De Brevitate Vitae (frequently referred to as On the Shortness of Life in English) is a moral essay written by Seneca the Younger, a Roman Stoic philosopher, to his father-in-law Paulinus. The philosopher brings up many Stoic principles on the nature of time, namely that men waste much of it in meaningless pursuits. According to the essay, nature gives man enough time to do what is really important and the individual must allot it properly.
Die Kürze des Lebens: Wir haben nicht zu wenig Zeit - wir vergeuden zu viel. Das Leben ist lang, wir selbst machen es kurz, indem wir es achtlos dahinfließen lassen. Das ist die grundlegende Einsicht des großen Stoikers Lucius Annaeus Seneca. "Du verteidigst Deinen Reichtum, aber Du vergeudest Dein Leben!", "Du lebst, als wärst Du ewig da!", "Schämst Du dich nicht, Dein Leben in die Zukunft hinauszuschieben, statt es jetzt zu leben!"
In questa bellissima lettera all’amico Sereno, Seneca fa un’analisi lucida e dettagliata di quello che nella vita serve, per raggiugere e mantenere la tranquillità.
Composto da Seneca nel 58 dopo Cristo, quando il filosofo aveva 54 anni, De Vita Beata, è un dialogo dedicato al fratello Gallione. Il tema, così importante, ed esplorato anche da altri filosofi dell'epoca, è quello della felicità. Cos'è la felicità? Come si arriva ad essere felici? E la ricchezza quanto conta? Queste le domande fondamentali attorno alle quali è costruita la narrazione, e la soluzione.
Il filosofo romano scrive all'amico Lucillo, e gli racconta l'animo umano. Le sue caratteristiche, i suoi vizi e le sue virtù. Come un esploratore dei sentimenti più intimi, e un gran conoscitore delle numerose sfaccettature che compongono i pensieri e i comportamenti degli esseri umani, Seneca indica una via possibile per vivere in armonia con se stessi e con gli altri, attraverso la riscoperta della consapevolezza di quello che davvero conta.
Der Alltag, der Erfolg, der Beruf, die Familie, die Liebe, die Sexualität, kurz das Leben, scheint das Schwierigste auf der Welt zu sein. Warum sonst erscheinen diese unzähligen Ratgeber, die für alle Lebenslagen Hilfe anbieten und in allen Medien präsent sind. Dabei könnte alles so einfach sein. Seneca wusste schon vor 2000 Jahren so viel über den Menschen und die Gesellschaft, dass die Lektüre seiner Schriften die meisten Ratgeber überflüssig macht...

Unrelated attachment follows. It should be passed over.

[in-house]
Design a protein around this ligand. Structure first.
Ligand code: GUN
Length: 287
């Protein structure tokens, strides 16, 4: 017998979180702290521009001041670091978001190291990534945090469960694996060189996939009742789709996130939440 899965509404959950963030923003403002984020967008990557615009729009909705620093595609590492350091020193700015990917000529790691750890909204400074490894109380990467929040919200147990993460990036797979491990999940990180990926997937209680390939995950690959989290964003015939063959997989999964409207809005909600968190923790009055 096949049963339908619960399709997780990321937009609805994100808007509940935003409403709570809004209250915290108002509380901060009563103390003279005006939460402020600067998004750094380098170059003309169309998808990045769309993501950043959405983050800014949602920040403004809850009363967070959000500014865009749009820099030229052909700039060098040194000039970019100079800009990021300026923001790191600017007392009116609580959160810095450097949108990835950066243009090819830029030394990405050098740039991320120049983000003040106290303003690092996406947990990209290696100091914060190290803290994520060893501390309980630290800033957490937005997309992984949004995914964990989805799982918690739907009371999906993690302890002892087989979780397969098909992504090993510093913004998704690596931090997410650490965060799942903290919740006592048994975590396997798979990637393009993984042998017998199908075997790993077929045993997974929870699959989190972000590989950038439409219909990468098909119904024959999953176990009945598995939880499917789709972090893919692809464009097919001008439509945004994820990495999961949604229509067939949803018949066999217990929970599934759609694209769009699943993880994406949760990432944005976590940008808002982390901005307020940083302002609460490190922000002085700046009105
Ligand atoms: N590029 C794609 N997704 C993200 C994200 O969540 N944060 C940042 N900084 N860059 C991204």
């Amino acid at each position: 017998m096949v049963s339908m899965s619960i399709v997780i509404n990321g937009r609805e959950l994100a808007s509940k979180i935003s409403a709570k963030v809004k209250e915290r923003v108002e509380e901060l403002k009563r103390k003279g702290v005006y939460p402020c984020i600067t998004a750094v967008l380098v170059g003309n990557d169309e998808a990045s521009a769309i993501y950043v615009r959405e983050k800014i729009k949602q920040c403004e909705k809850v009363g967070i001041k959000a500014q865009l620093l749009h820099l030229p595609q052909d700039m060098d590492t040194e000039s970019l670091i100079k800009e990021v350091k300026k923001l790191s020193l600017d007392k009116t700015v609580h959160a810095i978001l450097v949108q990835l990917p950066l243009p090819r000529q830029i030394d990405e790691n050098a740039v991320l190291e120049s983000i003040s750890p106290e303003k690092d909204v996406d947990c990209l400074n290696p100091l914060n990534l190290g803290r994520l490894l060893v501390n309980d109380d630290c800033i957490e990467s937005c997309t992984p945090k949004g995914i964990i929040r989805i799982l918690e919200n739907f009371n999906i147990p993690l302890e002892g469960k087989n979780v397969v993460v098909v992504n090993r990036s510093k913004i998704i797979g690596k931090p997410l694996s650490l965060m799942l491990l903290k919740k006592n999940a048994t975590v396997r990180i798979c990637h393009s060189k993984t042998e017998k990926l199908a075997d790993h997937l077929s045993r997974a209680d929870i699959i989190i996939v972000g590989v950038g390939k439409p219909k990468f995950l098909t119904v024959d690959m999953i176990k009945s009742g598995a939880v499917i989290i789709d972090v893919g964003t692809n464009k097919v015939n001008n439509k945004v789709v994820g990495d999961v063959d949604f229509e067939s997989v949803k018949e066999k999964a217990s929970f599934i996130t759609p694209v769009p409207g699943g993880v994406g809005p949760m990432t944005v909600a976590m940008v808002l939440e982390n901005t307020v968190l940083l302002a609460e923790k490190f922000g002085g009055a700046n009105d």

Ehto svoeobraznyy svod ehticheskih pravil, predlagaemyh v vide pisem k znatnomu cheloveku, zanimayushchemu vysokuyu gosudarstvennuyu dolzhnost'. Napisannye v dostupnoy manere, s mnozhestvom primerov iz istorii i iz povsednevnoy zhizni, poroy ostroumnye, poroy sarkastichnye, oni uvlekayut chitatelya svoim soderzhaniem i neredko porazhayut glubinoy mysli.
Auf der Suche nach einem glücklichen Leben ist der Mensch seit jeher. Was Glück bedeutet, das hat sich allerdings geändert und ist auch heute so unterschiedlich wie die Lebenswelten der Menschen. Läßt sich vor diesem Hintergrund überhaupt sinnvoll von dem Glück reden, lassen sich Regeln und Maximen aufstellen, die zu einem gelingenden, einem glücklichen Leben führen? Seneca sagt: Ja, das ist möglich. Er setzt dafür bei dem an, was den Menschen zum Menschen macht: bei der Vernunft.
"Why multiple readers?"
Seneca, der große stoische Philosoph und Staatsmann, wird von seinem Freund Serenus wie ein Arzt angesprochen: "Heile mich, Seneca, von meinem Makel im Innersten!" Seine Seele fühle sich beklemmt. Serenus beschreibt seine innere Unruhe, den Wankelmut, das innere Schwanken und daraus resultierend seinen Missmut und seine Unzufriedenheit. Seneca lässt sich nicht lange bitten: Das alles, so lautet sein Credo, sei durch die Stoa heilbar - damals genau wie heute.
Lucius Annaeus Seneca war römischer Philosoph, Staatsmann und Dramatiker. Er zählt zu den wichtigsten Vertretern der Stoa, nebst Marc Aurel, Cicero und Epiktet. Primär befasste er sich mit den Fragen der rechten Lebensführung...